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SUMMER 2015
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BIRTH OF FLOWER POWER



 

 

The exorcism was not fully successful. Today the Pentagon presides over more than 40 per cent of the world's expenditure on arms

 

 

 

 

 

 

 

 

 

 

 

Antiwar protestor shoving carnations into the gun barrels of MPs during an anti-Vietnam protest at the Pentagon.

 

 

 

 

 

 

On 21 October 1967, the Pentagon in Washington, DC found itself besieged by some fifty thousand people protesting the US military action in Vietnam. The Pentagon is the office of the US Department of Defence and is in many ways symbolic of a closed in, largely windowless fortress closed to ideas and human sympathy. The events of that day are worked into Norman Mailer's Armies of the Night. His diary-essay-tract-sermon describes events on the steps of the Pentagon and won the Pulitzer Prize for Non-Fiction.

1967 was the start of the broader popular opposition among Americans to the Vietnam War. In the earlier 1960s, the war attracted little attention and was opposed largely by people who were opposed to all wars, not specifically the conflict in Vietnam. By 1967, television news reporting had made the conflict a “living room war” and non-politicised Americans started wondering “What are we doing there?” Structured opposition started to grow. In the Spring of 1967, 15 April, there was a well-organised demonstration in Washington called “The Spring Mobilisation” organised by the traditional peace and disarmament organisations, including people who had participated in the nonviolent actions of the civil rights movement to end discrimination on racial grounds.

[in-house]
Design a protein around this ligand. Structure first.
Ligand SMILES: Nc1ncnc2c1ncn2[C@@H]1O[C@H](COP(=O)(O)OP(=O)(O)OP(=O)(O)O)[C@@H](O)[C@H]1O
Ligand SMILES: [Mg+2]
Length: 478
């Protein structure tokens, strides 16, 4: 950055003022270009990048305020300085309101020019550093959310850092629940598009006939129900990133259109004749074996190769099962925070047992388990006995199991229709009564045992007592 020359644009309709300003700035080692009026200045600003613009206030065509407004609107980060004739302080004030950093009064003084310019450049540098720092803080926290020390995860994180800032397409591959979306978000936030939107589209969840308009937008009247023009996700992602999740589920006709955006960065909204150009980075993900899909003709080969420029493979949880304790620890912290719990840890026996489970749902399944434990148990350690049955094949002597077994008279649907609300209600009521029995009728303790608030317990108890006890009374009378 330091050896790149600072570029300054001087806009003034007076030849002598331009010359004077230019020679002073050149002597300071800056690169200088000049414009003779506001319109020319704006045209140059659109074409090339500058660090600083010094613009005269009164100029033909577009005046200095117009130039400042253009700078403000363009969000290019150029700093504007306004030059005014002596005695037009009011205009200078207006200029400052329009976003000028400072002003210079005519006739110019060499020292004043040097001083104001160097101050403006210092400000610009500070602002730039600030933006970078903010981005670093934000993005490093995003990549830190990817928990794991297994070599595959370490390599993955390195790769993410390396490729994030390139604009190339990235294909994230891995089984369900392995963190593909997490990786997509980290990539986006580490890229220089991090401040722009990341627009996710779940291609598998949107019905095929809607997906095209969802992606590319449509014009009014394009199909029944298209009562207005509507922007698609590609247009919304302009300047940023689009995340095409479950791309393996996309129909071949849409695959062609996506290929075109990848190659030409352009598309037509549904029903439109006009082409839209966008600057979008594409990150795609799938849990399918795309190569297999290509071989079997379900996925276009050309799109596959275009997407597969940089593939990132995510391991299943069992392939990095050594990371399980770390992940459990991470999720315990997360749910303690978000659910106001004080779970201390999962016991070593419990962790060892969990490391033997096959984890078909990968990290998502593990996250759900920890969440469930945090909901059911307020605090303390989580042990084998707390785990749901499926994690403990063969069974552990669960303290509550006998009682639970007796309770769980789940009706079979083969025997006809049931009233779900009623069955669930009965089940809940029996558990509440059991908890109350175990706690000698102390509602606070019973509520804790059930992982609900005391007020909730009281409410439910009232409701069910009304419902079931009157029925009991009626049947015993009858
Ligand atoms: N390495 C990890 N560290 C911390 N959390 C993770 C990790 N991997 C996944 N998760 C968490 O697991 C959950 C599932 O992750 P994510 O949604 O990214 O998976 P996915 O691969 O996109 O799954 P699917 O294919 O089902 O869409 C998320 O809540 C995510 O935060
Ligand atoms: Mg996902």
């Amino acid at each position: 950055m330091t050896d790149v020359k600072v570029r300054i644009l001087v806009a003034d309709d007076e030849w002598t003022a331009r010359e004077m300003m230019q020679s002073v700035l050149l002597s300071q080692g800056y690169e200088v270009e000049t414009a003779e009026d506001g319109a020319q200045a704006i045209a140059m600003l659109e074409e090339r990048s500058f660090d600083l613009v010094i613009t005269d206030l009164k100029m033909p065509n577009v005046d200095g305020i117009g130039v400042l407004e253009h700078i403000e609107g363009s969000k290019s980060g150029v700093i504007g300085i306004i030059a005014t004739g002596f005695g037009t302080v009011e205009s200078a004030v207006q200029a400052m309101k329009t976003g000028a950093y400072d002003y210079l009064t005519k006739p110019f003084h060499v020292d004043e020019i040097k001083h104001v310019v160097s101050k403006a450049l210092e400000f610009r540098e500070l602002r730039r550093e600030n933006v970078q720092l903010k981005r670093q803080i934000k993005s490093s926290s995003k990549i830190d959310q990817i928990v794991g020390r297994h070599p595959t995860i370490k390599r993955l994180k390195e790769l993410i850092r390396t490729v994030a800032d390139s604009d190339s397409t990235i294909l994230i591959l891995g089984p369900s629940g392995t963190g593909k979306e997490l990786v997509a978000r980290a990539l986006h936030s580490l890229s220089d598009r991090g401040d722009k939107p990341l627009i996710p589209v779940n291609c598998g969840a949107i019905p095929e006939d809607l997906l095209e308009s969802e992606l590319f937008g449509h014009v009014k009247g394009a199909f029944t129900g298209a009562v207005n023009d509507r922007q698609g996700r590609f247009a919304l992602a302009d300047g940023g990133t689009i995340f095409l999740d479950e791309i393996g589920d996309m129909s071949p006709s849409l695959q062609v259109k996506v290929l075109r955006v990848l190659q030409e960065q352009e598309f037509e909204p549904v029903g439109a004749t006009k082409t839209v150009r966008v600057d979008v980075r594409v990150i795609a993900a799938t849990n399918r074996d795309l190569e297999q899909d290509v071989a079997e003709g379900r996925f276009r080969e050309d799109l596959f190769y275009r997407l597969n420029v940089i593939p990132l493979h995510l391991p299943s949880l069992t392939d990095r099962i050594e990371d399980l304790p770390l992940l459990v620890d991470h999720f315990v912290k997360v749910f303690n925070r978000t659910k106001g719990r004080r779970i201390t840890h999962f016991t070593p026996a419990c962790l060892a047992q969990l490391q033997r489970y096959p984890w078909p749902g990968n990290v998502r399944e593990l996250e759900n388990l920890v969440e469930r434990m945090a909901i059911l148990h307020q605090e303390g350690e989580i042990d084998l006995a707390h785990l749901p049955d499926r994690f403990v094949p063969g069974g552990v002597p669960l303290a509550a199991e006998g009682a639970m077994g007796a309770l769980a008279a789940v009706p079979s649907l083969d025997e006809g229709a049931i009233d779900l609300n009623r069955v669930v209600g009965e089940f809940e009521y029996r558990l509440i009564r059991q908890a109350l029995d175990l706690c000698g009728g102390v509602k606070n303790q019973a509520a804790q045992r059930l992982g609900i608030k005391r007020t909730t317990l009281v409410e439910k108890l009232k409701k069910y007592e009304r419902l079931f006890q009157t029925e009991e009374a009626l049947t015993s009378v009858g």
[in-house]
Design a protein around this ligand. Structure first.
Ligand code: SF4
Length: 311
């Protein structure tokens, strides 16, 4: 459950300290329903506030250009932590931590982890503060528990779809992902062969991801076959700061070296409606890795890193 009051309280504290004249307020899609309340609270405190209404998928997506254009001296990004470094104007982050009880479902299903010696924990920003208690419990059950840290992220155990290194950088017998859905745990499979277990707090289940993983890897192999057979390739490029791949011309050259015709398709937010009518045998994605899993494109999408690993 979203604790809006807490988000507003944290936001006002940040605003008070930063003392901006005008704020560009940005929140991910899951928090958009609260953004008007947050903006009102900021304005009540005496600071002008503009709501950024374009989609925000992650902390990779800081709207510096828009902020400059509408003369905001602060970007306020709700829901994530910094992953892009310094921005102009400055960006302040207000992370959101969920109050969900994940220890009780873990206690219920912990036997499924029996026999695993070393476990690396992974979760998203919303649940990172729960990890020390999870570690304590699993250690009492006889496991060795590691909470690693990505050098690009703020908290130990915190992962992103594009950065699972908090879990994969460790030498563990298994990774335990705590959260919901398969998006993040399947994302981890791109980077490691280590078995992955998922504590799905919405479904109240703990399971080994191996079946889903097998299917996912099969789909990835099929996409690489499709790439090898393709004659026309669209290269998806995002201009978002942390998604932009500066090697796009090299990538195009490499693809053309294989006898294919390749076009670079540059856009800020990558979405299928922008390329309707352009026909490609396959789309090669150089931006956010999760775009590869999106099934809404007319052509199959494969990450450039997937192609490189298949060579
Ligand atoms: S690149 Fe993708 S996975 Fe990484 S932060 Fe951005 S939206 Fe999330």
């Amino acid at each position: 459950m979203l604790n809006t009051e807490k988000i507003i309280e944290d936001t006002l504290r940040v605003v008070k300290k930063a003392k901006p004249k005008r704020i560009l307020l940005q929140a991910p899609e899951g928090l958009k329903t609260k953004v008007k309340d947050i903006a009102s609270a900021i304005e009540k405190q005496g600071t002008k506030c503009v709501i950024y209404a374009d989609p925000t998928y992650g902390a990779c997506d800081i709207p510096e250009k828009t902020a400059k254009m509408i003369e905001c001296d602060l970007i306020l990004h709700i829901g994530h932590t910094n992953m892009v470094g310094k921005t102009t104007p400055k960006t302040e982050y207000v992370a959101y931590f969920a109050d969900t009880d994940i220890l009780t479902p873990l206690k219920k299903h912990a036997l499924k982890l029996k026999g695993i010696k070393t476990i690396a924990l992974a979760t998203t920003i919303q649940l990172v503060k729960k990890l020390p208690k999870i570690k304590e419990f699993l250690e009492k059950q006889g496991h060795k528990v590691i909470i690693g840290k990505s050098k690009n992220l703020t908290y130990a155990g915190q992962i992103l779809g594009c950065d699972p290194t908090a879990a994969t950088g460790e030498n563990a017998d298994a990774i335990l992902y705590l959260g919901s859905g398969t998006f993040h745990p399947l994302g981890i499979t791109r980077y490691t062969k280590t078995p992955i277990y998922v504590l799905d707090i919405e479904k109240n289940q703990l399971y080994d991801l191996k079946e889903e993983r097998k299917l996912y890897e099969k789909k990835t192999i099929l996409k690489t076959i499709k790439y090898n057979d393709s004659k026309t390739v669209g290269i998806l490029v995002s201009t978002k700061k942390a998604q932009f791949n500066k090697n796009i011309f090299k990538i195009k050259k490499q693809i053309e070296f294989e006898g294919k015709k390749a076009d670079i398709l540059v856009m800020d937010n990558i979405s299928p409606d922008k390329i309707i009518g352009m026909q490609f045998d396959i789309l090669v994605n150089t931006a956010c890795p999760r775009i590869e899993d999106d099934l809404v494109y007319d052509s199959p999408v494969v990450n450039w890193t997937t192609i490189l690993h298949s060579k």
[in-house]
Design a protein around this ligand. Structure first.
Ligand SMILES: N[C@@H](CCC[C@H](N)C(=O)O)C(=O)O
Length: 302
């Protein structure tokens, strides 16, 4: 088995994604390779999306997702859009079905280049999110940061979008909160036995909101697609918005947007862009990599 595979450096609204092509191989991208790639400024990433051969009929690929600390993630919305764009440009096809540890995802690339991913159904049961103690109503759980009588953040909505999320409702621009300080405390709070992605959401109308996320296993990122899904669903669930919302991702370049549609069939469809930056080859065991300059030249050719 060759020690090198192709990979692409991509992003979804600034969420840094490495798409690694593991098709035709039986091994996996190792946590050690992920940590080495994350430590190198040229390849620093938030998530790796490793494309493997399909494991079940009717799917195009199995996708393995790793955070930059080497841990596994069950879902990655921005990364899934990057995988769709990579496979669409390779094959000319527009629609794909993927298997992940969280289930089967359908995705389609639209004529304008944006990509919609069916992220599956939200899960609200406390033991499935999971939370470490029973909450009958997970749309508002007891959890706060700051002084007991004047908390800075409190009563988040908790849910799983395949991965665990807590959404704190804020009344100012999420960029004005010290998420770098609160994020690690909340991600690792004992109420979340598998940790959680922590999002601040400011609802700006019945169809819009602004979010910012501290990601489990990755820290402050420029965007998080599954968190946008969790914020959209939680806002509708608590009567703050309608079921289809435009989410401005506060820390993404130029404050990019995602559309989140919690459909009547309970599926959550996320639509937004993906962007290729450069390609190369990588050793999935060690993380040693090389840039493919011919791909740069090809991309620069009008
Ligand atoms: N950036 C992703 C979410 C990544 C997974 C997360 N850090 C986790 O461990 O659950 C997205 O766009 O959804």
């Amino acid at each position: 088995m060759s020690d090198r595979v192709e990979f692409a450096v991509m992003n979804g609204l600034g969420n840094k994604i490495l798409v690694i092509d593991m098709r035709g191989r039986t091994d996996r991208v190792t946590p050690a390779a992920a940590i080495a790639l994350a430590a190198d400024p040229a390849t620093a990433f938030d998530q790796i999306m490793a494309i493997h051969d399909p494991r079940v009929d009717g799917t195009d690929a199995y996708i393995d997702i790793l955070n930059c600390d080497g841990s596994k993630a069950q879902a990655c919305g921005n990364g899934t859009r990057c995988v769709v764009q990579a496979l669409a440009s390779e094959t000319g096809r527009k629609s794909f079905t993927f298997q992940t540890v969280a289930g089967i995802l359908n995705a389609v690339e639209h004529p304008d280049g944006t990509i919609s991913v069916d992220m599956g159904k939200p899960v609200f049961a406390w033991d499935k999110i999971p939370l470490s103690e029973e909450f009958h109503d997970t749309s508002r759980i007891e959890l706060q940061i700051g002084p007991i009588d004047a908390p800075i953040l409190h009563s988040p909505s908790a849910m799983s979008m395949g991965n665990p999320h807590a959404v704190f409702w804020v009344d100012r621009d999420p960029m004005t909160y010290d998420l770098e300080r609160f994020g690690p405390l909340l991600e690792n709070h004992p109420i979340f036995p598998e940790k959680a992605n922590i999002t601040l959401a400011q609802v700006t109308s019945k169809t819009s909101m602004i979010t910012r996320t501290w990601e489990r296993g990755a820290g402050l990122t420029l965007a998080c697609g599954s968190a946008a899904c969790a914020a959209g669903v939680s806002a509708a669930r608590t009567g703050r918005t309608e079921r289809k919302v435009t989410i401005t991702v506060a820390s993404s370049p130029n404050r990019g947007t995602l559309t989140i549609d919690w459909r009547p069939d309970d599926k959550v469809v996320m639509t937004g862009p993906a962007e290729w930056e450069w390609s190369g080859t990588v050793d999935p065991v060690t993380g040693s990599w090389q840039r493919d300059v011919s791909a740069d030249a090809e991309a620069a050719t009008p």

Flower Power
The Spring Mobilisation had been successful in bringing together a coalition of anti-war groups, but it had no impact on creating an opposition to the war in the US Congress nor an impact on the President and his inner circle who continued as before. To have an impact something new was needed and new anti-war constituencies had to be drawn in and made visible.